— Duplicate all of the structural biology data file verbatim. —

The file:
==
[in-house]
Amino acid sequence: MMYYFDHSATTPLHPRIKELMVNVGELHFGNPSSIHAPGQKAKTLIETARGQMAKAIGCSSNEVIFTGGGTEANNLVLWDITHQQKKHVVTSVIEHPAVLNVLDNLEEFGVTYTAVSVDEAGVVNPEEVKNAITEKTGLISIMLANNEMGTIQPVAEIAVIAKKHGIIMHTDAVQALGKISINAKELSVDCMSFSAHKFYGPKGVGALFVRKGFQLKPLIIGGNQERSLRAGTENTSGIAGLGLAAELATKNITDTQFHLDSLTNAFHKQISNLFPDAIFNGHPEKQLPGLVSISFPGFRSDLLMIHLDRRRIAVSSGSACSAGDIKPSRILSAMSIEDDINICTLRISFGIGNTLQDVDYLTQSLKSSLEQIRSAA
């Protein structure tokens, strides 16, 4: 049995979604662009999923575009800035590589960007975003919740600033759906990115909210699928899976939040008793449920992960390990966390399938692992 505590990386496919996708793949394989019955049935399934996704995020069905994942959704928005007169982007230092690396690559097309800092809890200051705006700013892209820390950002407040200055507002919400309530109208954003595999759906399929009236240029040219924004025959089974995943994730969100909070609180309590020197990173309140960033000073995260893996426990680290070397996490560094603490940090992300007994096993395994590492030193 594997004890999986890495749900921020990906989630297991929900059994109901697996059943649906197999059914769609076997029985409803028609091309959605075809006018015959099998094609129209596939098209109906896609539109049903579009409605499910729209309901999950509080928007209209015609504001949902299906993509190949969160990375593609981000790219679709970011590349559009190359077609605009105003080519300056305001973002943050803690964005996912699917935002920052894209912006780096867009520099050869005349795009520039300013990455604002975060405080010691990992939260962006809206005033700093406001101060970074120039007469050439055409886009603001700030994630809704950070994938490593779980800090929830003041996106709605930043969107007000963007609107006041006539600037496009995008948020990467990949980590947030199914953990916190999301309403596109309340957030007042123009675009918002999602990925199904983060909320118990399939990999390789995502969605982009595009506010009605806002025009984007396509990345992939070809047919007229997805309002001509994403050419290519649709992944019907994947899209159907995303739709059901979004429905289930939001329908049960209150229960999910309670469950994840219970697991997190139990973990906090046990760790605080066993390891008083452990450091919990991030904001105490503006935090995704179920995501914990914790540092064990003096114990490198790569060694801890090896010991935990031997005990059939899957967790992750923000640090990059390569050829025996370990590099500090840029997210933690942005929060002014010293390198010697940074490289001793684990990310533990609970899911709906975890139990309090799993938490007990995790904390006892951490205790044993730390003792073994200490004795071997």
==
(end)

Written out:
[in-house]
Amino acid sequence: MMYYFDHSATTPLHPRIKELMVNVGELHFGNPSSIHAPGQKAKTLIETARGQMAKAIGCSSNEVIFTGGGTEANNLVLWDITHQQKKHVVTSVIEHPAVLNVLDNLEEFGVTYTAVSVDEAGVVNPEEVKNAITEKTGLISIMLANNEMGTIQPVAEIAVIAKKHGIIMHTDAVQALGKISINAKELSVDCMSFSAHKFYGPKGVGALFVRKGFQLKPLIIGGNQERSLRAGTENTSGIAGLGLAAELATKNITDTQFHLDSLTNAFHKQISNLFPDAIFNGHPEKQLPGLVSISFPGFRSDLLMIHLDRRRIAVSSGSACSAGDIKPSRILSAMSIEDDINICTLRISFGIGNTLQDVDYLTQSLKSSLEQIRSAA
């Protein structure tokens, strides 16, 4: 049995979604662009999923575009800035590589960007975003919740600033759906990115909210699928899976939040008793449920992960390990966390399938692992 505590990386496919996708793949394989019955049935399934996704995020069905994942959704928005007169982007230092690396690559097309800092809890200051705006700013892209820390950002407040200055507002919400309530109208954003595999759906399929009236240029040219924004025959089974995943994730969100909070609180309590020197990173309140960033000073995260893996426990680290070397996490560094603490940090992300007994096993395994590492030193 594997004890999986890495749900921020990906989630297991929900059994109901697996059943649906197999059914769609076997029985409803028609091309959605075809006018015959099998094609129209596939098209109906896609539109049903579009409605499910729209309901999950509080928007209209015609504001949902299906993509190949969160990375593609981000790219679709970011590349559009190359077609605009105003080519300056305001973002943050803690964005996912699917935002920052894209912006780096867009520099050869005349795009520039300013990455604002975060405080010691990992939260962006809206005033700093406001101060970074120039007469050439055409886009603001700030994630809704950070994938490593779980800090929830003041996106709605930043969107007000963007609107006041006539600037496009995008948020990467990949980590947030199914953990916190999301309403596109309340957030007042123009675009918002999602990925199904983060909320118990399939990999390789995502969605982009595009506010009605806002025009984007396509990345992939070809047919007229997805309002001509994403050419290519649709992944019907994947899209159907995303739709059901979004429905289930939001329908049960209150229960999910309670469950994840219970697991997190139990973990906090046990760790605080066993390891008083452990450091919990991030904001105490503006935090995704179920995501914990914790540092064990003096114990490198790569060694801890090896010991935990031997005990059939899957967790992750923000640090990059390569050829025996370990590099500090840029997210933690942005929060002014010293390198010697940074490289001793684990990310533990609970899911709906975890139990309090799993938490007990995790904390006892951490205790044993730390003792073994200490004795071997």